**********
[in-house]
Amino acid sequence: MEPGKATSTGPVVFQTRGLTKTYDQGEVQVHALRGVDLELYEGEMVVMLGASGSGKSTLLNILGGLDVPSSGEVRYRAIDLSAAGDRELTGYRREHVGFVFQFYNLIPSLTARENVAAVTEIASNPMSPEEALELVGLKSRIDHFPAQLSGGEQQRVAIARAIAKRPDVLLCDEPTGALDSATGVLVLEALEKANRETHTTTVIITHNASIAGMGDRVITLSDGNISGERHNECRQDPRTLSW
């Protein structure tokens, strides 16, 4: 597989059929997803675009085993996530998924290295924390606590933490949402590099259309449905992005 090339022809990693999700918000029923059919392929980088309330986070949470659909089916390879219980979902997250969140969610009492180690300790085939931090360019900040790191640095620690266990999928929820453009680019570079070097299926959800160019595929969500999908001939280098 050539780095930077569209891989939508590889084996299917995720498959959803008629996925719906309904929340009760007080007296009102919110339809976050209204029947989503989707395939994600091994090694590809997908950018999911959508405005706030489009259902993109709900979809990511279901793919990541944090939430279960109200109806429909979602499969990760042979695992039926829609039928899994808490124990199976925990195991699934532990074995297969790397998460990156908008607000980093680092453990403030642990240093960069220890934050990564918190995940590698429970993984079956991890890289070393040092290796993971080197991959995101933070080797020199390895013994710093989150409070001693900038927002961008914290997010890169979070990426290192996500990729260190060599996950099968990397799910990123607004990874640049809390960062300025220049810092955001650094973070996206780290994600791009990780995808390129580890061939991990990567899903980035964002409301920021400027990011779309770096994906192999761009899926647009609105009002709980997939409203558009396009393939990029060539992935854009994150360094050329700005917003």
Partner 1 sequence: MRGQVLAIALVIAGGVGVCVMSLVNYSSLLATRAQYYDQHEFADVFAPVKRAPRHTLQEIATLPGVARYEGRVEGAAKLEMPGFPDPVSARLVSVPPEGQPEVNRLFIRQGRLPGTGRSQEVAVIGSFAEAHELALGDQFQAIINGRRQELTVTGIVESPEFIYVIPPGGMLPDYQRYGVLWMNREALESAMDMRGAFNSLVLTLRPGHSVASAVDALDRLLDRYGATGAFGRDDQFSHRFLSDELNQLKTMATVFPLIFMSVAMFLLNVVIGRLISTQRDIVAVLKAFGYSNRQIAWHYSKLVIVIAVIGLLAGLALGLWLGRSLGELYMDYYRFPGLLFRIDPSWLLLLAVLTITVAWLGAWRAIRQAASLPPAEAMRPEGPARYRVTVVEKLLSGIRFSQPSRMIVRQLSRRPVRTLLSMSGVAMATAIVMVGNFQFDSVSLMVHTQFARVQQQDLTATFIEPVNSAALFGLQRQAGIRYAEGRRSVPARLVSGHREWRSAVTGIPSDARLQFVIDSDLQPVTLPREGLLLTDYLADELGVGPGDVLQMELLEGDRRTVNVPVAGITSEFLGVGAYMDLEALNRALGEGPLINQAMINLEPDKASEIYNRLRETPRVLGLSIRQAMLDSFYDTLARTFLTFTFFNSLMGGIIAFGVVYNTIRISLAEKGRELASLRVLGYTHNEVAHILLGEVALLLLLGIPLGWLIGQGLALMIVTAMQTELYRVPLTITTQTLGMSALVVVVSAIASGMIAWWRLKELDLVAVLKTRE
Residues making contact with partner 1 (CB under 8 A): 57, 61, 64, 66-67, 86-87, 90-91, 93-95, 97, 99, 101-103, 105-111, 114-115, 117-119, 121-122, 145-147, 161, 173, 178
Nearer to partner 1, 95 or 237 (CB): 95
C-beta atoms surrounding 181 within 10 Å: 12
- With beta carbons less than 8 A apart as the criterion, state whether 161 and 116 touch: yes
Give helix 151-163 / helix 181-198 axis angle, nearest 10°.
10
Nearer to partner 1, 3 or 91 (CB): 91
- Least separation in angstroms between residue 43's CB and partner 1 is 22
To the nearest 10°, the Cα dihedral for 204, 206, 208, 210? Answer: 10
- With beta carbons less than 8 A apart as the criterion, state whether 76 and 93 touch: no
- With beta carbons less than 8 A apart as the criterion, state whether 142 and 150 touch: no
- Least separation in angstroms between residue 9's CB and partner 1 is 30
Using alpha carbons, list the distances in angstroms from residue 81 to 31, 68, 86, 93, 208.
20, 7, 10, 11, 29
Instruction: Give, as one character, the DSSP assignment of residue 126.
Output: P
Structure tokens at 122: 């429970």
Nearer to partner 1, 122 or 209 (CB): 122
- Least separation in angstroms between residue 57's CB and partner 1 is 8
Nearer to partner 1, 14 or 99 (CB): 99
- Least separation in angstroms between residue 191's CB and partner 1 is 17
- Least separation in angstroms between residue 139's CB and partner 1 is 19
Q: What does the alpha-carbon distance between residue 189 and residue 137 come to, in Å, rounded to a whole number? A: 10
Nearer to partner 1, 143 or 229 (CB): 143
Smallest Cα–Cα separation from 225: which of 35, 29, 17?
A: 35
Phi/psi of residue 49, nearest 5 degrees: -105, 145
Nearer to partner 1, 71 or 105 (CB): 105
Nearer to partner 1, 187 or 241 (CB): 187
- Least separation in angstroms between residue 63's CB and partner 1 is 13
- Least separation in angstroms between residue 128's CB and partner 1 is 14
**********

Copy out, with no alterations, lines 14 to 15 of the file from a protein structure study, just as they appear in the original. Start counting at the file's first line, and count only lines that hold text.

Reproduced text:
- With beta carbons less than 8 A apart as the criterion, state whether 76 and 93 touch: no
- With beta carbons less than 8 A apart as the criterion, state whether 142 and 150 touch: no